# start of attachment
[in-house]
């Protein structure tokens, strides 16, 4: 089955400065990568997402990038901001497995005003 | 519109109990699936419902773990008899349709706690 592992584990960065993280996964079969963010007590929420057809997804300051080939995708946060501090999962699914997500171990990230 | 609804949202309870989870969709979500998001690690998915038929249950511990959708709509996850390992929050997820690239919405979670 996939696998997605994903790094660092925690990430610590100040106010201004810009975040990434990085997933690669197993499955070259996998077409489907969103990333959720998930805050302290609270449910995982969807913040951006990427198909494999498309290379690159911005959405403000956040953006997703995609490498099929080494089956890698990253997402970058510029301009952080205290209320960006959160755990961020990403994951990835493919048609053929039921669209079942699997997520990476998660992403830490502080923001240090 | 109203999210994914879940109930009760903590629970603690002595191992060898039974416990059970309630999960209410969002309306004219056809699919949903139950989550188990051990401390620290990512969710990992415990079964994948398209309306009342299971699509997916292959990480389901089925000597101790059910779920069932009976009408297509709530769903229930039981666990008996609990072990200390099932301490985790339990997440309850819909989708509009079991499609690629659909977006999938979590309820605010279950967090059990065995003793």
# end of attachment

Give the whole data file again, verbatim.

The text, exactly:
[in-house]
């Protein structure tokens, strides 16, 4: 089955400065990568997402990038901001497995005003 | 519109109990699936419902773990008899349709706690 592992584990960065993280996964079969963010007590929420057809997804300051080939995708946060501090999962699914997500171990990230 | 609804949202309870989870969709979500998001690690998915038929249950511990959708709509996850390992929050997820690239919405979670 996939696998997605994903790094660092925690990430610590100040106010201004810009975040990434990085997933690669197993499955070259996998077409489907969103990333959720998930805050302290609270449910995982969807913040951006990427198909494999498309290379690159911005959405403000956040953006997703995609490498099929080494089956890698990253997402970058510029301009952080205290209320960006959160755990961020990403994951990835493919048609053929039921669209079942699997997520990476998660992403830490502080923001240090 | 109203999210994914879940109930009760903590629970603690002595191992060898039974416990059970309630999960209410969002309306004219056809699919949903139950989550188990051990401390620290990512969710990992415990079964994948398209309306009342299971699509997916292959990480389901089925000597101790059910779920069932009976009408297509709530769903229930039981666990008996609990072990200390099932301490985790339990997440309850819909989708509009079991499609690629659909977006999938979590309820605010279950967090059990065995003793």